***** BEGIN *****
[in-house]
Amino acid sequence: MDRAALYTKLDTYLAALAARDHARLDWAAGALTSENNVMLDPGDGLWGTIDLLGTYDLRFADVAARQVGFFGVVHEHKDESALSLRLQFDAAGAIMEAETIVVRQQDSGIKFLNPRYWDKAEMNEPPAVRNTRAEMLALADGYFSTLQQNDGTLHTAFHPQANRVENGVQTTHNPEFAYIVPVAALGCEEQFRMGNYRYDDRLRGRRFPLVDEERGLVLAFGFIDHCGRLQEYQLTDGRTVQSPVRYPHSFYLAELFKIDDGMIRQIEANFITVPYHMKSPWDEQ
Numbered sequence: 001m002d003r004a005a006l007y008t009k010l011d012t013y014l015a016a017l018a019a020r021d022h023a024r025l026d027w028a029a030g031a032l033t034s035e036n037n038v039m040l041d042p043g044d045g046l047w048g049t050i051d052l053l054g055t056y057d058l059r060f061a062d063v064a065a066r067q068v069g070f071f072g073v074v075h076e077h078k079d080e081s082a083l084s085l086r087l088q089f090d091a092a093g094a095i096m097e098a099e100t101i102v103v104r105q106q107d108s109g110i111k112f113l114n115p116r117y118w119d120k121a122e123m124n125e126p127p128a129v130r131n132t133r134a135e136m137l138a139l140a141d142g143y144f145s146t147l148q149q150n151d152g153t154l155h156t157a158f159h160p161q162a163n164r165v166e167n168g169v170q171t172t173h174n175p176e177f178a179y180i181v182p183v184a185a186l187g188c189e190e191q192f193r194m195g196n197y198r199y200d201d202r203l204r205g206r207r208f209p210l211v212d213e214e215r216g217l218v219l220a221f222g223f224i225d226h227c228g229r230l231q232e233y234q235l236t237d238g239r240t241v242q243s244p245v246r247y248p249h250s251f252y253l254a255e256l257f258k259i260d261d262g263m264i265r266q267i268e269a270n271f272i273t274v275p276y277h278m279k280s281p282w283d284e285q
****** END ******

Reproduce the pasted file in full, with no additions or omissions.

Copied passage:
[in-house]
Amino acid sequence: MDRAALYTKLDTYLAALAARDHARLDWAAGALTSENNVMLDPGDGLWGTIDLLGTYDLRFADVAARQVGFFGVVHEHKDESALSLRLQFDAAGAIMEAETIVVRQQDSGIKFLNPRYWDKAEMNEPPAVRNTRAEMLALADGYFSTLQQNDGTLHTAFHPQANRVENGVQTTHNPEFAYIVPVAALGCEEQFRMGNYRYDDRLRGRRFPLVDEERGLVLAFGFIDHCGRLQEYQLTDGRTVQSPVRYPHSFYLAELFKIDDGMIRQIEANFITVPYHMKSPWDEQ
Numbered sequence: 001m002d003r004a005a006l007y008t009k010l011d012t013y014l015a016a017l018a019a020r021d022h023a024r025l026d027w028a029a030g031a032l033t034s035e036n037n038v039m040l041d042p043g044d045g046l047w048g049t050i051d052l053l054g055t056y057d058l059r060f061a062d063v064a065a066r067q068v069g070f071f072g073v074v075h076e077h078k079d080e081s082a083l084s085l086r087l088q089f090d091a092a093g094a095i096m097e098a099e100t101i102v103v104r105q106q107d108s109g110i111k112f113l114n115p116r117y118w119d120k121a122e123m124n125e126p127p128a129v130r131n132t133r134a135e136m137l138a139l140a141d142g143y144f145s146t147l148q149q150n151d152g153t154l155h156t157a158f159h160p161q162a163n164r165v166e167n168g169v170q171t172t173h174n175p176e177f178a179y180i181v182p183v184a185a186l187g188c189e190e191q192f193r194m195g196n197y198r199y200d201d202r203l204r205g206r207r208f209p210l211v212d213e214e215r216g217l218v219l220a221f222g223f224i225d226h227c228g229r230l231q232e233y234q235l236t237d238g239r240t241v242q243s244p245v246r247y248p249h250s251f252y253l254a255e256l257f258k259i260d261d262g263m264i265r266q267i268e269a270n271f272i273t274v275p276y277h278m279k280s281p282w283d284e285q